While many companies at least try to do a Q&A on software, users would be forgiven in thinking that Apple did not even bother this time and just wanted to get the product into the shops so it could make it money.
Apple's software, which used to be the positive side buying into the Walled Garden has been getting noticably worse over the last two years with phones shipping that were unable to adjust for daylight saving. This time the new phones were shipped with an OS that Apple knew was faulty. However, given that the camera was about the only worthy new feature that the new phone had, one would think that Apple could have given it a quick check.
After its release, early adopters experienced strange issues when filming videos using third-party apps like Instagram, WhatsApp, and TikTok. The phones would make a strange grinding noise while and start shaking. Apparently, the Optical Image Stabilisation feature that keeps videos looking steady was borked, probably because users were holding it wrong. Either way, videos were coming out looking shaky, blurry, and basically unwatchable. Some of the Tame Apple Press dared to warn users that their expensive iPhone might break if they use any of its camera functionality.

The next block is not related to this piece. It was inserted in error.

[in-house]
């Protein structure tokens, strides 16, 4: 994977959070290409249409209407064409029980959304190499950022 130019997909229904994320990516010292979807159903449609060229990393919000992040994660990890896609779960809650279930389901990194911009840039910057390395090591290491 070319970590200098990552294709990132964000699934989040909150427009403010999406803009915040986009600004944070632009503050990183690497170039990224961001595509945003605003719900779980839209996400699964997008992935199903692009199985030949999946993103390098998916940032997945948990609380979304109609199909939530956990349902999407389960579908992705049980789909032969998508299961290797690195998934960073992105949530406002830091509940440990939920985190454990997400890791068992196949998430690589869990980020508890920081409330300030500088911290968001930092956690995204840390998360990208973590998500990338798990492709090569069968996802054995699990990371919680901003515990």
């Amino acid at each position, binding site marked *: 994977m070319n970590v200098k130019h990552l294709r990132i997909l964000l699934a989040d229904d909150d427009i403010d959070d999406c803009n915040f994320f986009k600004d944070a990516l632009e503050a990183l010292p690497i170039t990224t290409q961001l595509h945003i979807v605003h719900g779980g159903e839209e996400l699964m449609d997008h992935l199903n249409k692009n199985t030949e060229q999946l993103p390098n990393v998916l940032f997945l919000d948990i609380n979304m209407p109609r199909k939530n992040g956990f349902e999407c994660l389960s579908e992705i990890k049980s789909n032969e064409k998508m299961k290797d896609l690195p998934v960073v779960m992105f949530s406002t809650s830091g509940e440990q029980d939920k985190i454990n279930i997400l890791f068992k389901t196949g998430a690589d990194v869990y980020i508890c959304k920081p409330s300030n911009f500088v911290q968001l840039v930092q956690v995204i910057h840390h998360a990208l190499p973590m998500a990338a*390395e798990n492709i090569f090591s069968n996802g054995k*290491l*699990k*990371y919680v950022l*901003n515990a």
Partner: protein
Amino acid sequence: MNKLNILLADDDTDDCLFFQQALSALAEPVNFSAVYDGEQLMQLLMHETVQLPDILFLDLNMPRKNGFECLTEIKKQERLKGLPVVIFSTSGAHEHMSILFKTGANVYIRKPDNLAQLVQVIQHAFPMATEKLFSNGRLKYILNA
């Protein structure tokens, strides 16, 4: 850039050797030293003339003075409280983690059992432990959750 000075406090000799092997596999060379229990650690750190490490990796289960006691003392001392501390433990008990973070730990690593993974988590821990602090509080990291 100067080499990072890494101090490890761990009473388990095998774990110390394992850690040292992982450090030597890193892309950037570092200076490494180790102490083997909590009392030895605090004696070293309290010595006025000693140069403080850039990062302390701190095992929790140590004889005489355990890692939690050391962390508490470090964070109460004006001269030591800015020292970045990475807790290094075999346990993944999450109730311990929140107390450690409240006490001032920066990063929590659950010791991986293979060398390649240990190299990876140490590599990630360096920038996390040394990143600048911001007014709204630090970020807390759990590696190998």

On the 48MP camera used on the Pro models, Apple uses its second-generation Sensor Shift OIS which allows the camera sensor to move to offset the unsteady hands of an iPhone user. Those iPhone 14 Pro series users affected by the issue were hoping for the best case scenario, which was for the problem to be software related since a fix would require a simple update to be pushed out.
The Tame Apple press rushed to support the company stating that Apple MIGHT have found a fix for the shaking camera issue and might release an update next week. After all, it depends on what it feels like, it is not as if the early adopters have not actually handed over huge amounts of money for a borked product. Oh, that is right they did.
Other issues Apple might choose to fix is one which prevents them connecting to an open Wi-Fi network and holes in Apple's in-house Apple apps, video chat app FaceTime and the iMessage messaging app.